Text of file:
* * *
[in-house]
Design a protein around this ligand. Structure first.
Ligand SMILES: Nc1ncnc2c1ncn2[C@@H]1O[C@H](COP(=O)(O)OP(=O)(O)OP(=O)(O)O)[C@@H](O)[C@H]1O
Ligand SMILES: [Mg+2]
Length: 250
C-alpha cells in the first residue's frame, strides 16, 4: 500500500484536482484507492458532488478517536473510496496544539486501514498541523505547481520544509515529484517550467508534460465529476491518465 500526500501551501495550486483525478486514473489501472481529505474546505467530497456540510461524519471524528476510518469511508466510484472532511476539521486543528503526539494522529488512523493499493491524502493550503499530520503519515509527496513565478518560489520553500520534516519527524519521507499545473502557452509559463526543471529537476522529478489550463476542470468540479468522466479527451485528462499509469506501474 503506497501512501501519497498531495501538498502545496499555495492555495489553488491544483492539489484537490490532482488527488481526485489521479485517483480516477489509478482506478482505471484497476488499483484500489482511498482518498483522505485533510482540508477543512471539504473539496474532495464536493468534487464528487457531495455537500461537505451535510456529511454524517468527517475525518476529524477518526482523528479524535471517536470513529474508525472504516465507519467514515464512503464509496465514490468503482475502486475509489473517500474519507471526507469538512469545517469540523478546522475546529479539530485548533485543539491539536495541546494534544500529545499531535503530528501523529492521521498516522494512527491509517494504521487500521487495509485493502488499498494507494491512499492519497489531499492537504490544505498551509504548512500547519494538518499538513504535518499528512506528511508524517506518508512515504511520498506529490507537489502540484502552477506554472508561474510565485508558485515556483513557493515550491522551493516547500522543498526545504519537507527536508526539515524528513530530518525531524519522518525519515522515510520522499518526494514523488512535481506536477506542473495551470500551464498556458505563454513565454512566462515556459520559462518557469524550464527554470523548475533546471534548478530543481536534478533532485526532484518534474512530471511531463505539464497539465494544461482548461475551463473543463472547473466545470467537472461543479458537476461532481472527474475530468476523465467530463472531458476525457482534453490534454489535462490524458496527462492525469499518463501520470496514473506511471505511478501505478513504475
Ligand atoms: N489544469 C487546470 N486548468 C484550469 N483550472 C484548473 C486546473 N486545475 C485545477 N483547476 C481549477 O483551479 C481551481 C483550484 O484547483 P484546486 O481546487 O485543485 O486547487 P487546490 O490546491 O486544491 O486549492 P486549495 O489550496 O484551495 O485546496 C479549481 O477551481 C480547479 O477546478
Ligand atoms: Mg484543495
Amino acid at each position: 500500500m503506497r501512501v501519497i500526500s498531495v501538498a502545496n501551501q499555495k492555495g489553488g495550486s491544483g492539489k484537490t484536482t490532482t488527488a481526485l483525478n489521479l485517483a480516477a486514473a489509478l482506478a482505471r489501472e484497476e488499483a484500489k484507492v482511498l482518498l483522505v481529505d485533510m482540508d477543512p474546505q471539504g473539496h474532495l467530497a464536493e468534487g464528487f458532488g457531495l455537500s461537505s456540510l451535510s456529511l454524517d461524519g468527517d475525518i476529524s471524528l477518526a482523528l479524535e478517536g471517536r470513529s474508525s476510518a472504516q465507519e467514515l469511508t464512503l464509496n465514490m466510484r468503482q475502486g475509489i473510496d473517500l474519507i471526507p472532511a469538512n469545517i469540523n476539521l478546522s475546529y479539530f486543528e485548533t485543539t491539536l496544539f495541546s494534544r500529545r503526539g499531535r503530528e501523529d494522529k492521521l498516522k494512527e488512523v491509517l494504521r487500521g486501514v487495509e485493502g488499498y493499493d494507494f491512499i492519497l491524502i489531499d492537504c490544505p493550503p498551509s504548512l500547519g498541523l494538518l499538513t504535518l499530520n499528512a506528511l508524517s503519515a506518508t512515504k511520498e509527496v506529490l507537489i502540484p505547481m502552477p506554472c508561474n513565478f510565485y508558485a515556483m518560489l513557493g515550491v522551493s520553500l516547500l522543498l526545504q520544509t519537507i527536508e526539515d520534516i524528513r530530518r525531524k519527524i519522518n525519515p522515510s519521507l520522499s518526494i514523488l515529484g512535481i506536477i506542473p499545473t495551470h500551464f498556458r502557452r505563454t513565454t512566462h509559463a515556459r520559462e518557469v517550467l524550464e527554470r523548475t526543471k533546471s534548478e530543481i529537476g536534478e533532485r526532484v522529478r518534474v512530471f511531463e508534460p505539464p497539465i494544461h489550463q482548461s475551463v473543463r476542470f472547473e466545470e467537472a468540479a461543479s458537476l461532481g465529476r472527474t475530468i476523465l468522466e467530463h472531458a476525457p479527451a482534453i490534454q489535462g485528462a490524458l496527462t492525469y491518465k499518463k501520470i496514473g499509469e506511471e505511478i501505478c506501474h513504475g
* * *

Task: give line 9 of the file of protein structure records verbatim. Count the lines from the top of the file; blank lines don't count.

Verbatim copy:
Amino acid at each position: 500500500m503506497r501512501v501519497i500526500s498531495v501538498a502545496n501551501q499555495k492555495g489553488g495550486s491544483g492539489k484537490t484536482t490532482t488527488a481526485l483525478n489521479l485517483a480516477a486514473a489509478l482506478a482505471r489501472e484497476e488499483a484500489k484507492v482511498l482518498l483522505v481529505d485533510m482540508d477543512p474546505q471539504g473539496h474532495l467530497a464536493e468534487g464528487f458532488g457531495l455537500s461537505s456540510l451535510s456529511l454524517d461524519g468527517d475525518i476529524s471524528l477518526a482523528l479524535e478517536g471517536r470513529s474508525s476510518a472504516q465507519e467514515l469511508t464512503l464509496n465514490m466510484r468503482q475502486g475509489i473510496d473517500l474519507i471526507p472532511a469538512n469545517i469540523n476539521l478546522s475546529y479539530f486543528e485548533t485543539t491539536l496544539f495541546s494534544r500529545r503526539g499531535r503530528e501523529d494522529k492521521l498516522k494512527e488512523v491509517l494504521r487500521g486501514v487495509e485493502g488499498y493499493d494507494f491512499i492519497l491524502i489531499d492537504c490544505p493550503p498551509s504548512l500547519g498541523l494538518l499538513t504535518l499530520n499528512a506528511l508524517s503519515a506518508t512515504k511520498e509527496v506529490l507537489i502540484p505547481m502552477p506554472c508561474n513565478f510565485y508558485a515556483m518560489l513557493g515550491v522551493s520553500l516547500l522543498l526545504q520544509t519537507i527536508e526539515d520534516i524528513r530530518r525531524k519527524i519522518n525519515p522515510s519521507l520522499s518526494i514523488l515529484g512535481i506536477i506542473p499545473t495551470h500551464f498556458r502557452r505563454t513565454t512566462h509559463a515556459r520559462e518557469v517550467l524550464e527554470r523548475t526543471k533546471s534548478e530543481i529537476g536534478e533532485r526532484v522529478r518534474v512530471f511531463e508534460p505539464p497539465i494544461h489550463q482548461s475551463v473543463r476542470f472547473e466545470e467537472a468540479a461543479s458537476l461532481g465529476r472527474t475530468i476523465l468522466e467530463h472531458a476525457p479527451a482534453i490534454q489535462g485528462a490524458l496527462t492525469y491518465k499518463k501520470i496514473g499509469e506511471e505511478i501505478c506501474h513504475g